Action Comes First: Coping with Fear and Procrastination

03 March 2014 · 6 comments

Every morning, Kim wakes at five o’clock to get ready for work. Most days, I just lie there. “I don’t need to get up,” I think. “I’ve nowhere to go.”

But I’ve learned that if I don’t get up, I regret it. If I stay in bed, I don’t make it to the gym. I miss work deadlines. I have less time to do the fun stuff, like hiking, and reading, and riding my motorcycle.

So, I get out of bed. I get dressed. As unappealing as it sounds, I go outside for a walk or a run — even when it’s raining (as is frequently the case here in Portland). The first few minutes suck. I’m tempted to go back to bed. Before long, however, I find I’m actually enjoying myself. I return home invigorated, eager to get things done.

Rain run

If I were to wait for motivation, I’d sleep all day. By forcing myself to take action, I find the motivation that was missing before.

Feeling Good is a popular self-help manual by David Burns. The book helped a younger me through an extended bout of depression. Part of the solution was to overcome my chronic procrastination, procrastination brought about by fear. In Feeling Good, Burns describes the problem.

Individuals who procrastinate frequently confuse motivation and action. You foolishly wait until you feel in the mood to do something. Since you don’t feel like doing it, you automatically put it off. Your error is your belief that motivation comes first, and then leads to action and success. But it is usually the other way around; action must come first, and the motivation comes later.

Action primes the pump.

Anxiety is largely self-doubt and insecurity — an underlying belief that you cannot handle whatever is before you. Anxiety often causes fear and procrastination. Because of this, preparation plays a key role in mitigating fear.

When you prepare — to speak to a crowd, to hike through a bear-infested forest — you decrease your doubt. You can’t eliminate the possibility of failure, but you can drastically reduce the odds against you. You rehearse possible situations. You practice the required actions. You allow your imagination to explore (and cope with) worst-case scenarios. In short, you prime the pump, which prepares you to do your best.

And that’s the important thing: If you always do your best and you do what’s right, then you needn’t fear the results. Sure, bad things will happen sometimes. But if you’ve done well and done what’s right, the negative outcome isn’t your fault — it’s just how things are. If you’re unprepared, however, you must own the negative results.

When we’re prepared, we feel competent. When we feel competent, we feel confident. When we’re confident, our fears fade into the background.

Photo by Antony Mayfield.

1 Eileen March 3, 2014 at 13:33

Your first 3 paragraphs are just perfect. I no longer have kids at home that I have to get up & out, so my early mornings are my own. I still have to work at 8am for an employer, but I do so from home. But still you can get a lot done before 8am. Without fail, if I get up and out and exercise, I’m ALWAYS happy I did so…. without fail. It’s funny how a warm bed can work your brain into thinking otherwise even when you know this fact. I went thru the whole mental gymnastics this morning, but got out there and ran. Completely worth it.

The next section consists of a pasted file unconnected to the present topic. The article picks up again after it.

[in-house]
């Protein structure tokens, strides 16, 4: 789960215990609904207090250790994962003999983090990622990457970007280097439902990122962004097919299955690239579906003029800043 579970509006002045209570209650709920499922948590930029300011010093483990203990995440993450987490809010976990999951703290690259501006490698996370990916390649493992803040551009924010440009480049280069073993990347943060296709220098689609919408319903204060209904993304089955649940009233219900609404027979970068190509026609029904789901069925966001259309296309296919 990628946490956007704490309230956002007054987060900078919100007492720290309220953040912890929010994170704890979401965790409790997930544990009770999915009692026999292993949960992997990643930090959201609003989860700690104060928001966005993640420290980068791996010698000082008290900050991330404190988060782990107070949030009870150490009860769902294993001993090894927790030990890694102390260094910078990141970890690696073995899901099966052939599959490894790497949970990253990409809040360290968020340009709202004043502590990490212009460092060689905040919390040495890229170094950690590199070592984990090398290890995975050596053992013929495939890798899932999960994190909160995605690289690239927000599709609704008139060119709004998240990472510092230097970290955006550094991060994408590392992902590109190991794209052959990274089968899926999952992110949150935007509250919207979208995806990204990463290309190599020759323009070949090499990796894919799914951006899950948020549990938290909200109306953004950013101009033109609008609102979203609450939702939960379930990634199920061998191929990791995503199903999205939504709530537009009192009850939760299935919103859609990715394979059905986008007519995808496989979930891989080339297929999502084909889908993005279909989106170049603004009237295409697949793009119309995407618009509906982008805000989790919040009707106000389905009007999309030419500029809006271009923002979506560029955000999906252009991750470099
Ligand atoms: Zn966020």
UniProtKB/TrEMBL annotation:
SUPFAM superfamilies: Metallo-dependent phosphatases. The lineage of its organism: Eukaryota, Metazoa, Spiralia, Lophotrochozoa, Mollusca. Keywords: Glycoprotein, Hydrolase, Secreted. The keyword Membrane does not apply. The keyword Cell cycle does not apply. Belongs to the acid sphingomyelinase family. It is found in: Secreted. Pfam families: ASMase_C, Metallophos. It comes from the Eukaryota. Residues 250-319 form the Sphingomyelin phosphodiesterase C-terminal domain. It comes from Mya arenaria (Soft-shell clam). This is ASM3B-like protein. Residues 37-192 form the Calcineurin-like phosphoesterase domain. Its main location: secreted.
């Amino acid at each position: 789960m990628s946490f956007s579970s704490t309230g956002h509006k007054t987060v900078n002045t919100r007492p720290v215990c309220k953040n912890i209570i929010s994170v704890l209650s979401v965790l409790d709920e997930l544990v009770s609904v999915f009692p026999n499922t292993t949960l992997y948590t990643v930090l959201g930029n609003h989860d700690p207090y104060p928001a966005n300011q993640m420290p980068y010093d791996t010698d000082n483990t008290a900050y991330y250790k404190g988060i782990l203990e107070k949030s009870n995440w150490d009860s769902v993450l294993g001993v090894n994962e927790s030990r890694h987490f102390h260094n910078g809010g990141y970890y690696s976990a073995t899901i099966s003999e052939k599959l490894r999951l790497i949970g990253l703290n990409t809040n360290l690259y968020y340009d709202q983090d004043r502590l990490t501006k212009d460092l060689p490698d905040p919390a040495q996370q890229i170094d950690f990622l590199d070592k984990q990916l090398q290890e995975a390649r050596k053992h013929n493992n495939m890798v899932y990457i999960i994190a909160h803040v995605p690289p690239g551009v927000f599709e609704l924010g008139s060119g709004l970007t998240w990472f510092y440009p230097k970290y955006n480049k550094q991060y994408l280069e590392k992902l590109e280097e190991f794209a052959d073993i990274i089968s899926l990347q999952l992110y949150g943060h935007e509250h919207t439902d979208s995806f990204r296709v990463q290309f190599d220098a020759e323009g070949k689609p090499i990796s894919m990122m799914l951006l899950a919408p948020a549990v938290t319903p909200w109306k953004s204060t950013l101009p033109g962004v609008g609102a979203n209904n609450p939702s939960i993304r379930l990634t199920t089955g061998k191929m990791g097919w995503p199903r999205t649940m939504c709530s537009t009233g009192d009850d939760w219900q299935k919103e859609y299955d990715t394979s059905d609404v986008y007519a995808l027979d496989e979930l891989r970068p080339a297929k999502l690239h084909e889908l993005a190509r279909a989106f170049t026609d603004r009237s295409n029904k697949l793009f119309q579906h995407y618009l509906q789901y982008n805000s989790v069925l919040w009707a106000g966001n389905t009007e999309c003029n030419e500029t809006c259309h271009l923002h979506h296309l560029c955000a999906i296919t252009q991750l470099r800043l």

I’ve got a 20-something child that is struggling a little with direction, procrastination on a more general level. I’ll have to look at that book for him.

2 Affording Happiness March 4, 2014 at 08:38

Great post! I agree with everything you said, yet I still have difficulty combating procrastination particularly with early morning workouts. Every time I actually make it out of bed and go for a run or knock out a p90x workout, I am always so glad I did. The resulting good mood and increased energy I feel the rest of the day should be sufficient to get me out of bed the next day and the next day after that. Unfortunately, I still struggle with consistency but am working on improvement. I have really enjoyed your blog by the way.


3 Alex March 5, 2014 at 05:12

This post really resonates with me, J.D.; nice job.

Action first, motivation later — definitely going on my mission statement.

4 ClaraT March 8, 2014 at 06:55

It is said that misery loves company, looks like there are plenty of us. Like others, I am having trouble with the get up and go. I too know I feel better on the days I go to a morning Cross fit session, but I have a dog to walk as well. I will use “action first, motivation later” to get moving earlier. Thanks for sharing.

5 Edward Ferguson March 10, 2014 at 12:07

Amen, JD! And one often finds the “fear” result one was anticipating is either self-delusional, completely non-existent, or (even in a worse case scenario) nowhere near as bad as what your mind was telling you it would be.

6 Joseph Ratliff March 24, 2014 at 07:08

Love this post J.D.

And sometimes, I’ve found the “action” you take isn’t related to the thing you want to do. Like you’re getting out of bed and exercising, but I think it gets deeper than that…

… if you want to write a blog post, for example, and you don’t finish it, or don’t hit “Publish” because of whatever reason… you’ve procrastinated (finishing), and took action at the same time.

I would say developing the skill of awareness helps here. Being aware that you DID in fact procrastinate helps you realize you’re really putting off something you might be afraid of, or lack motivation to complete.

So, I would go do something else, but don’t retract… like you mentioned, don’t “go back to bed,” but in a figurative sense. Anything that resembles “going back to bed” won’t help you. Keep moving forward on something, anything, that keeps you motivated to keep doing stuff.

You’ll most likely come back to that blog post, and publish it for the world to see. At least that’s what I’ve found.

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